Genuine or fake? How to spot a real Tiffany lamp

Tiffany lamps hanging from the ceiling light

Who loves Tiffany lamps? These extravagantly decorative lighting products have their origins in the Art Nouveau movement and are highly collectable items. In the style of Louis Comfort Tiffany, stained-glass lamps, shades and window panels were carefully hand crafted by Tiffany and Company. The hand-crafted shades were made of small pieces of coloured glass soldered together. Genuine Tiffany lamps – those made between 1890 and 1930 – can cost upwards of several thousand pounds.

Today, replica Tiffany style lamps are mass-produced in China, Vietnam and India and it’s become very difficult to spot an authentic Tiffany lamp from these newer ‘imposters’. Modern production techniques involve individual glass pieces being cut from large sheets of stained-glass, using industrial water-jet machines. The pieces are then assembled by hand by trained factory workers – that’s why they can refer to their lamps as being ‘handcrafted’, even though they are not unique in design.

So, how do you know if you’re buying a real one?

First off, a couple of old adages should come in useful here: ‘You get what you pay for’ and ‘If it looks too good to be true, it is too good to be true.’ Let’s just say that if you’re offered a ‘genuine’ Tiffany lamp for under, say, £200, it’s safe to assume that you’re definitely not getting a genuine Tiffany lamp.

If you’re in the market for an original Tiffany lamp, there are some characteristics you can look for to help you recognise whether or not it’s the real deal.

Check the lamp base

  • Lift the base cap and look inside for a grey metal ring. Nearly all original Tiffany lamps were made with a heavy ring of lead inside the hollow bronze base, although in some cases, mosaic bases were used. Keep an eye out for zinc, brass, white metal, wood or plastic bases – these are common in fake reproductions.
  • Look for a patina on the bronze base – this is a green or brown film on the surface of bronze or similar metals, produced by oxidation over a long period. These small colour changes caused by age may indicate the lamp is genuine. But beware, because this doesn’t guarantee it, as some forgery makers add a fake patina.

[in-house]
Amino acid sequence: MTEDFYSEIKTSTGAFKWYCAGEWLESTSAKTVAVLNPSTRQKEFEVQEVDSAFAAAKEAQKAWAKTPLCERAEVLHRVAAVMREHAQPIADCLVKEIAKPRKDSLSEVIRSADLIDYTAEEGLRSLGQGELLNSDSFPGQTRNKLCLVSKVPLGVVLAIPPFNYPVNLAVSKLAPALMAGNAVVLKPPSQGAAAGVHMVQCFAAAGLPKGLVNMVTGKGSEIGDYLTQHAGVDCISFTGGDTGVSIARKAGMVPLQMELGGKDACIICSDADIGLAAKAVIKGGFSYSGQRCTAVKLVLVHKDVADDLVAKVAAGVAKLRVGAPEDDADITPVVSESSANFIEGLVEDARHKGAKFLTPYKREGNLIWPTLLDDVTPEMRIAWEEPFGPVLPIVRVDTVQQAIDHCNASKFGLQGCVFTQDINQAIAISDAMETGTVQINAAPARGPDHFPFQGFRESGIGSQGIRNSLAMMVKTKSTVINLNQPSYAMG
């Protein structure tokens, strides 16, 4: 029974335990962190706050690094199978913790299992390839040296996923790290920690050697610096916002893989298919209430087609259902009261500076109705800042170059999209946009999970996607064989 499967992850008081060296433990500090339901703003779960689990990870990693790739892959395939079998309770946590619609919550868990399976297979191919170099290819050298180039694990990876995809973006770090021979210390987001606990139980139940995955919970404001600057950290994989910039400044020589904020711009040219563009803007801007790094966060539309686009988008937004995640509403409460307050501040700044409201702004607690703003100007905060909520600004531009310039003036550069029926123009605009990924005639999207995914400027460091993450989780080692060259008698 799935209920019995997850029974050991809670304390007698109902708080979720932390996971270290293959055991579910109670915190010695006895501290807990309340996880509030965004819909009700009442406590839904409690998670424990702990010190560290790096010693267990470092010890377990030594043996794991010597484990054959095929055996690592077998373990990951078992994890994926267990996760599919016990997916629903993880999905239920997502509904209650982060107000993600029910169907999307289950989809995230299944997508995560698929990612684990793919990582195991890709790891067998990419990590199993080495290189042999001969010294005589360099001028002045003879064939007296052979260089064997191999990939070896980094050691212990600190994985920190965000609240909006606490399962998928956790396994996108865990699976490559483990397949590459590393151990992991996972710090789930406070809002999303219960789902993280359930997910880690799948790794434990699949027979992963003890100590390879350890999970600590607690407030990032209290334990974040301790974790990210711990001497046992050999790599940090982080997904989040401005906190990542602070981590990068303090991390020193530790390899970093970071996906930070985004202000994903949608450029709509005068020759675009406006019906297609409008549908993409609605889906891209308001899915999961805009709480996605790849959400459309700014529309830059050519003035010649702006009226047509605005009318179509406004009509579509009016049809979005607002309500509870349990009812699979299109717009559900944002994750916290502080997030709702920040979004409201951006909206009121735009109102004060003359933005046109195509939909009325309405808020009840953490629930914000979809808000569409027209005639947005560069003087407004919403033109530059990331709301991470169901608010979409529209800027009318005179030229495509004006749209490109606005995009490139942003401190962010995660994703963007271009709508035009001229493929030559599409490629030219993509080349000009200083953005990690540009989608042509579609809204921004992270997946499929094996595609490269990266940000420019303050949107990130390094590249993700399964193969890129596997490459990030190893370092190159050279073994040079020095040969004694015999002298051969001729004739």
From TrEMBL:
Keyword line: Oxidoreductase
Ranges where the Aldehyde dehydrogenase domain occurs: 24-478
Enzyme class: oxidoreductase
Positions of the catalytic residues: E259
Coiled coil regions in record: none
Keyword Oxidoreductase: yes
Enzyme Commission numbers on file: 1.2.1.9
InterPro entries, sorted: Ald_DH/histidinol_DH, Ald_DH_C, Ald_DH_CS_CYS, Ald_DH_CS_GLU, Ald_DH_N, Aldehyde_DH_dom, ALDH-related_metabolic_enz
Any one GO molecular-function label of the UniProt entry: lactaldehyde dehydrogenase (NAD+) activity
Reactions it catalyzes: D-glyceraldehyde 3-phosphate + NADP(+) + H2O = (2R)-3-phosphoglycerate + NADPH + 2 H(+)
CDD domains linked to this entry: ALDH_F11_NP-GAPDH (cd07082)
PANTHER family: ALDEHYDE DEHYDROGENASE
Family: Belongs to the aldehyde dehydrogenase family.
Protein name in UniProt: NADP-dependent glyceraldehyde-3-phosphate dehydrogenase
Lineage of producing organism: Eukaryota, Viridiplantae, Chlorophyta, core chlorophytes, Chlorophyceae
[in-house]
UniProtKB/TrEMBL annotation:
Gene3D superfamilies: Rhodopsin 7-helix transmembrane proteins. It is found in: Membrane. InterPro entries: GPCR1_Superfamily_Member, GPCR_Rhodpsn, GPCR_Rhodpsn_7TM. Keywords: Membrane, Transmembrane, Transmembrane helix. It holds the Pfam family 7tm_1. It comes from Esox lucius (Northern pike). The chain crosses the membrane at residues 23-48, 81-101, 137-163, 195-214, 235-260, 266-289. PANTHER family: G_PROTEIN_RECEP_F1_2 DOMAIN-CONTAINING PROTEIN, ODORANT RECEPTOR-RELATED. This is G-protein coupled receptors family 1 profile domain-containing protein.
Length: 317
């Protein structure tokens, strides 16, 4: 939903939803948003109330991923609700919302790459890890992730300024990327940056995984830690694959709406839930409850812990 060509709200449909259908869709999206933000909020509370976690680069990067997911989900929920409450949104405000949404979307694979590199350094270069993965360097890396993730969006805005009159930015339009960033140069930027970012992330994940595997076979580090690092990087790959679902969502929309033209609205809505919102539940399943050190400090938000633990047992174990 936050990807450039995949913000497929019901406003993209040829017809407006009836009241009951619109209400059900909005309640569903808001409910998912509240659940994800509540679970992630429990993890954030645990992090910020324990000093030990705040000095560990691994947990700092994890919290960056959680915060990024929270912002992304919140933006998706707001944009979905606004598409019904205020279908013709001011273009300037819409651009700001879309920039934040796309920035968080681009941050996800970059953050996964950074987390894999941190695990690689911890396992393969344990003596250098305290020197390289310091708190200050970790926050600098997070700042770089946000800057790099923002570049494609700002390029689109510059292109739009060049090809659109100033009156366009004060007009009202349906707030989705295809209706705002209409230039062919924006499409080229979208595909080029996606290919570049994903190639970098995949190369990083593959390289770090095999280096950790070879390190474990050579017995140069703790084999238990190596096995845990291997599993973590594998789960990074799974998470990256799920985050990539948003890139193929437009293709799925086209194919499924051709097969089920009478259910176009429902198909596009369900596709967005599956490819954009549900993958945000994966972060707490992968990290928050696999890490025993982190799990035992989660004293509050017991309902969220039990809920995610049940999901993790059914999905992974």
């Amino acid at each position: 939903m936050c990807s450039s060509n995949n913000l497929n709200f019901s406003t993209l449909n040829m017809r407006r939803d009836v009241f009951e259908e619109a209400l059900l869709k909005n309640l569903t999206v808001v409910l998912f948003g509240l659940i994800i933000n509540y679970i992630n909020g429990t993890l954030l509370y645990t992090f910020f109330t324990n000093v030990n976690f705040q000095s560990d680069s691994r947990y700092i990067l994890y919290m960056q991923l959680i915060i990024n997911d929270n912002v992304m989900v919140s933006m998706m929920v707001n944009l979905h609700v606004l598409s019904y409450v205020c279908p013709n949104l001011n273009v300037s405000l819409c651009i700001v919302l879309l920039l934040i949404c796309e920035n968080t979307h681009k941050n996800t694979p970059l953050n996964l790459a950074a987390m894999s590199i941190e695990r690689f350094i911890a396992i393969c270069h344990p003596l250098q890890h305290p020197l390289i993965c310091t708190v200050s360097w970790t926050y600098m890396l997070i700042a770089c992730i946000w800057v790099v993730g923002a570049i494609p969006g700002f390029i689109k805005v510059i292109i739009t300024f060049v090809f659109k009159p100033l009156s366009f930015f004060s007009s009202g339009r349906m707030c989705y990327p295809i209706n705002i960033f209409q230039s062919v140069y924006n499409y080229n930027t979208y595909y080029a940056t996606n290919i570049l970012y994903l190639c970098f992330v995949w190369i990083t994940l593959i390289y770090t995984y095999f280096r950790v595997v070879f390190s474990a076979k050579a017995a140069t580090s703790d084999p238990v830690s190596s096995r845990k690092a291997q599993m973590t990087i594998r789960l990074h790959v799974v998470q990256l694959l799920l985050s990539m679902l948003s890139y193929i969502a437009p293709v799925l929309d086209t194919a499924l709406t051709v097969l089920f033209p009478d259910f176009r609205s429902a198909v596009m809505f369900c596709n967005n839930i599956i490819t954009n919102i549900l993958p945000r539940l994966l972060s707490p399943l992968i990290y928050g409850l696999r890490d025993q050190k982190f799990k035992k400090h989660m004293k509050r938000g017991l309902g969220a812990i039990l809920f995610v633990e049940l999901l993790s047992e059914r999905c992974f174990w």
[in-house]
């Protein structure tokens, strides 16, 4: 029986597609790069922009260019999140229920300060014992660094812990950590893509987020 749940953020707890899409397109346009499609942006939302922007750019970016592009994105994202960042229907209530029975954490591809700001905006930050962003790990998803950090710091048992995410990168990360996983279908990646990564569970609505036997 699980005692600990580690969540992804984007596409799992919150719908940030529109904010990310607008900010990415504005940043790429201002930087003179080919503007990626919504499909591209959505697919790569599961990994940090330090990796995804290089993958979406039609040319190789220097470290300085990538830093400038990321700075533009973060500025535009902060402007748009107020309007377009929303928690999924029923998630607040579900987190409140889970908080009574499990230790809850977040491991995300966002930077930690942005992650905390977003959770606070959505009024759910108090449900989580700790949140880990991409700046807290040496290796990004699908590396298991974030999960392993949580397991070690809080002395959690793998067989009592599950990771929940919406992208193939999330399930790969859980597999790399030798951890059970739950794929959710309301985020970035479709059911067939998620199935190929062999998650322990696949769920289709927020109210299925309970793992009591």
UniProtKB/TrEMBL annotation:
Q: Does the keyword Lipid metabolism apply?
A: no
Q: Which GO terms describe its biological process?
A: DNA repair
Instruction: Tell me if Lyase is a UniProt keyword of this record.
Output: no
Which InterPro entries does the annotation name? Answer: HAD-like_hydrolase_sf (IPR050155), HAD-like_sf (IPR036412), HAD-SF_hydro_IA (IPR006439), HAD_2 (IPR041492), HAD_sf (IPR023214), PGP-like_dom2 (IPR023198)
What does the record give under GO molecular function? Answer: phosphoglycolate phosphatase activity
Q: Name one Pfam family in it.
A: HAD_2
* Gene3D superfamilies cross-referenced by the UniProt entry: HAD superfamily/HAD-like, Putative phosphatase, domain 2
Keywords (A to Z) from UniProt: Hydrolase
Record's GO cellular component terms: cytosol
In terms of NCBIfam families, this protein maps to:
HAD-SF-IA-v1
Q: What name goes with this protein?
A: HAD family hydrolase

• You should also inspect the knobs on the base. Original Tiffany lamps usually have a turn-paddle knob to operate the lamp, although some have a pull-chain instead.
  • You will also notice that the bases of most of the mass produced, fake ‘Tiffany-style’ lamps are shoddy and the materials used are inferior. Many have hard plastic or resin bases, while others are made using cheap metals like zinc. The base of a real Tiffany Lamp has quality written all over it, so if you’re checking to see if a lamp is genuine or not, first closely examine the workmanship of the base.
  • Be careful with stamps or signatures on lamps as a sign of their authenticity. Tiffany’s marking system, cut or etched into the base of the lamp, changed over the years and is easy to copy.

Check the glass shade

  • The lampshades of real Tiffany lamps should be globe or cone shaped. Fake reproductions have a rigid form, whereas an original lamp has a looser and more organic shape. Genuine lampshades usually feature botanical designs, although butterflies, spiders, dragonflies, peacock feathers and some geometric patterns can also be found.
  • According to Tiffany lamp experts, if you hold the top of the lampshade and lightly tap on the glass, it should be firm, not loose. It also should not rattle or shift. If it does, this is usually a sign that the lamp is a fake.
  • You should also inspect the glass closely. Tiffany lamps are known for intense, vibrant colours that have a variety of textures. Glass containing specks of colour is known as ‘confetti’ glass, and if you see this, then the lamp is probably an original. If the shade has some golden glass, it should have a translucent amber sheen to it. But if the gold glass has a very pale, translucent gold colour, or a greenish tint, then you’re most likely looking at a fake. And if any other colour of glass has a silvery sheen, the odds are it is not a genuine lamp.
  • Here’s a neat little test you can carry out: Dab a cotton bud in some nail polish remover and gently rub it on the glass. Most forgeries have painted glass panels instead of the Tiffany method of embedding the colour pigments in the glass. If paint has been used, it will rub off on the cotton bud.

Before committing to the purchase of what you think may be a real Tiffany lamp, it’s advisable to get it appraised by an expert who has experience with Tiffany lamps and let him verify if it’s genuine or fake. In addition, ask for a money-back guarantee before you buy the lamp. If the shop refuses to offer you one, it may indicate the lamp is not genuine.


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